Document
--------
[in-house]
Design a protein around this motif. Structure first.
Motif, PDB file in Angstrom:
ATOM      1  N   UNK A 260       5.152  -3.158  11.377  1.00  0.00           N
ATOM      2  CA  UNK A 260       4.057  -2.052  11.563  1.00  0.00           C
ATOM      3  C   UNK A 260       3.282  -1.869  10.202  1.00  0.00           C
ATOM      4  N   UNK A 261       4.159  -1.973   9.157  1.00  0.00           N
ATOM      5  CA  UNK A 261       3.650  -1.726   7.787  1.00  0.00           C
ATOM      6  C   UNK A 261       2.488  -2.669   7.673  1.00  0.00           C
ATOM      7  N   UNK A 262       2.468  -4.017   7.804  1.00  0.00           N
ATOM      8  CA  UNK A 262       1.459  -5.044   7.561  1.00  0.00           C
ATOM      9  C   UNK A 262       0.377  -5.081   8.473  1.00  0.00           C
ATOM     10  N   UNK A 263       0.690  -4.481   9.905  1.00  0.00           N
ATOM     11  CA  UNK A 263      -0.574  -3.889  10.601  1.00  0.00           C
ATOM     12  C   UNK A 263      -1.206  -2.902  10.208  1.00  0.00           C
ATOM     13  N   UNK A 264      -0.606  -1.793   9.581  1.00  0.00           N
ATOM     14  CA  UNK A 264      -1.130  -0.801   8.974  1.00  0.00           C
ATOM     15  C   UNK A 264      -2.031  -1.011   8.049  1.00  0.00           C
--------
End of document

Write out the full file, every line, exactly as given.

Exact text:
[in-house]
Design a protein around this motif. Structure first.
Motif, PDB file in Angstrom:
ATOM      1  N   UNK A 260       5.152  -3.158  11.377  1.00  0.00           N
ATOM      2  CA  UNK A 260       4.057  -2.052  11.563  1.00  0.00           C
ATOM      3  C   UNK A 260       3.282  -1.869  10.202  1.00  0.00           C
ATOM      4  N   UNK A 261       4.159  -1.973   9.157  1.00  0.00           N
ATOM      5  CA  UNK A 261       3.650  -1.726   7.787  1.00  0.00           C
ATOM      6  C   UNK A 261       2.488  -2.669   7.673  1.00  0.00           C
ATOM      7  N   UNK A 262       2.468  -4.017   7.804  1.00  0.00           N
ATOM      8  CA  UNK A 262       1.459  -5.044   7.561  1.00  0.00           C
ATOM      9  C   UNK A 262       0.377  -5.081   8.473  1.00  0.00           C
ATOM     10  N   UNK A 263       0.690  -4.481   9.905  1.00  0.00           N
ATOM     11  CA  UNK A 263      -0.574  -3.889  10.601  1.00  0.00           C
ATOM     12  C   UNK A 263      -1.206  -2.902  10.208  1.00  0.00           C
ATOM     13  N   UNK A 264      -0.606  -1.793   9.581  1.00  0.00           N
ATOM     14  CA  UNK A 264      -1.130  -0.801   8.974  1.00  0.00           C
ATOM     15  C   UNK A 264      -2.031  -1.011   8.049  1.00  0.00           C